Ehm, did he touch you? Don’t answer if you don’t feel like it.. I’d call the police living in a good country like Sweden if I found out my 13 year old daughter had a 25 year old man hanging after her, If I did not take a spear off the wall in anger and stab him in the groin myself a couple of times.

    Oh yeah I got to keep those spears sharp!

  27. Jessica, how does it make you feel when BM are degrading bw all over the internet and in music and rarely defend the BWs positive image but bw will die trying to defend grown men? I’m honestly not trying to put you down, I’m just curious about the thinking process of black women today.

  28. jess/me, Dont include me in the “black women of today” category. My thinking process is unique to myself. I dont feel like anything when I see BM go on their hateful tirades against bw online. It use to hurt me and I use to attack bm right back until I saw how much of a waste of time that is and I dont want to participate in it. I think bm who attack bw and bw who attack bm are both wrong. I dont see other races doing that to the extent black folks do. I havent dated a black guy in years now so I dont have the same attachment to them that I use to have. I dont love them just because they are black nor am I bitter against them. Therefore, I dont go out of my way to uplift them or put them down. Im in neither of those categories of bw cause I dont worship them or hate them. Both groups of women (the ones that worship bm and the ones that hate bm) clearly are very attached to black men.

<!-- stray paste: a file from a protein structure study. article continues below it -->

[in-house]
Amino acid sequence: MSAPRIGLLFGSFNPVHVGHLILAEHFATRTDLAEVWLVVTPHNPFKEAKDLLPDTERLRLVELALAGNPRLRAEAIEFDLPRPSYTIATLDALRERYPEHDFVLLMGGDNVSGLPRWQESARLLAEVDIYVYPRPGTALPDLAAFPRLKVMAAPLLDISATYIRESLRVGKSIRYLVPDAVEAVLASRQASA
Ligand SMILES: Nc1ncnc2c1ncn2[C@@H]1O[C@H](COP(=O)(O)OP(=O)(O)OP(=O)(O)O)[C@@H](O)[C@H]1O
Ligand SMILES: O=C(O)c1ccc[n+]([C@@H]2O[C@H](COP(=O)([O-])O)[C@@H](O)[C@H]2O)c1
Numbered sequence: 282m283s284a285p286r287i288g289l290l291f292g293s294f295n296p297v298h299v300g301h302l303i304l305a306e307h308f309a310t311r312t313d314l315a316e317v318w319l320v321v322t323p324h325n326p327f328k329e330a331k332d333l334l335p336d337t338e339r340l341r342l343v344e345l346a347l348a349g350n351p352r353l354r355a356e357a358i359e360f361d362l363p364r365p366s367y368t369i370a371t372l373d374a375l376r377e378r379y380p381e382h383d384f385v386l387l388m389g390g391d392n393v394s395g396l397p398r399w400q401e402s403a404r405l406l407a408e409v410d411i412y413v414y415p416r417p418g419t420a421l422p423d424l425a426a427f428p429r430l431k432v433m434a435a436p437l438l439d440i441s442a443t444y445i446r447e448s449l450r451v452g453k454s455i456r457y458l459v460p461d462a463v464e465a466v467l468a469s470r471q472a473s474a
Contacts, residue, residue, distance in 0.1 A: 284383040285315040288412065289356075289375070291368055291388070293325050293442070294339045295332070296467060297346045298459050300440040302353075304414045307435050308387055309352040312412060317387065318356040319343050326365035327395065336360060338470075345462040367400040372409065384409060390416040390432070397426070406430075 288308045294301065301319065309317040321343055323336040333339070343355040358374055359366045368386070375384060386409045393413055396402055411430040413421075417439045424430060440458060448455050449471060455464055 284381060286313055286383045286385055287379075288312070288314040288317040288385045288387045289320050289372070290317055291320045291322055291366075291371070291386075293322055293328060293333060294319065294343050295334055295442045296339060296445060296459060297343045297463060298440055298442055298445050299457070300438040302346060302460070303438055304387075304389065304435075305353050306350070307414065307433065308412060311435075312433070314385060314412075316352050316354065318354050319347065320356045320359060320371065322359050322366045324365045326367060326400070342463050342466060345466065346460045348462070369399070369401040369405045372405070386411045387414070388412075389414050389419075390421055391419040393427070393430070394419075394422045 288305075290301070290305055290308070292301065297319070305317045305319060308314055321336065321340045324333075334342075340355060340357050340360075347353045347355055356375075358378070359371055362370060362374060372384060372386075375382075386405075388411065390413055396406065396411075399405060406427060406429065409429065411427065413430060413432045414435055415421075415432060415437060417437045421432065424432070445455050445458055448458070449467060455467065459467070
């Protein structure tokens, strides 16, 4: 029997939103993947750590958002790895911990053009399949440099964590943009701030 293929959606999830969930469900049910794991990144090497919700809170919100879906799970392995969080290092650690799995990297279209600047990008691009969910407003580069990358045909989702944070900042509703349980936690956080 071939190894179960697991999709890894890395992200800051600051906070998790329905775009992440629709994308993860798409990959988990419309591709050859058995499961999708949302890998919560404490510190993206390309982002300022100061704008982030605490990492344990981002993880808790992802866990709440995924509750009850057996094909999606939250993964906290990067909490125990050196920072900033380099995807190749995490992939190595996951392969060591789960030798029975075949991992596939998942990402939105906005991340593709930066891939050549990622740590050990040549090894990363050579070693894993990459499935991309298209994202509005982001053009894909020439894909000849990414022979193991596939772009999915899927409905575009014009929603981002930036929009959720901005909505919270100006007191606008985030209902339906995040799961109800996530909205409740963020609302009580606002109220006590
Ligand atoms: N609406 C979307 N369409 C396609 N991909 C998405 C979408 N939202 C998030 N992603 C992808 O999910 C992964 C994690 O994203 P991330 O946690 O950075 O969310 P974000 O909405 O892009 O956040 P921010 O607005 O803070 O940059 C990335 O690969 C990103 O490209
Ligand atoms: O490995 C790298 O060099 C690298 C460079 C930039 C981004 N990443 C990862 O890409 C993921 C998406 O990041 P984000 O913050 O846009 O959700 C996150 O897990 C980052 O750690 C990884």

29. I don’t know if I can still comment on older posts but they are so very interesting so I will 🙂

    I used to be 40 pounds over my current weight and although I didn’t experience overt sizeism I knew I wasn’t “seen” the way I would be at my optimal weight.

    In terms of prejudices I harbour, I really am wary of overtly religious people. Didn’t have good experiences with them and sense very high levels of hypocrisy to boot.

  30. Sophia,

    Of course you can comment on older posts — comment on any you want! They have no expiration date. 🙂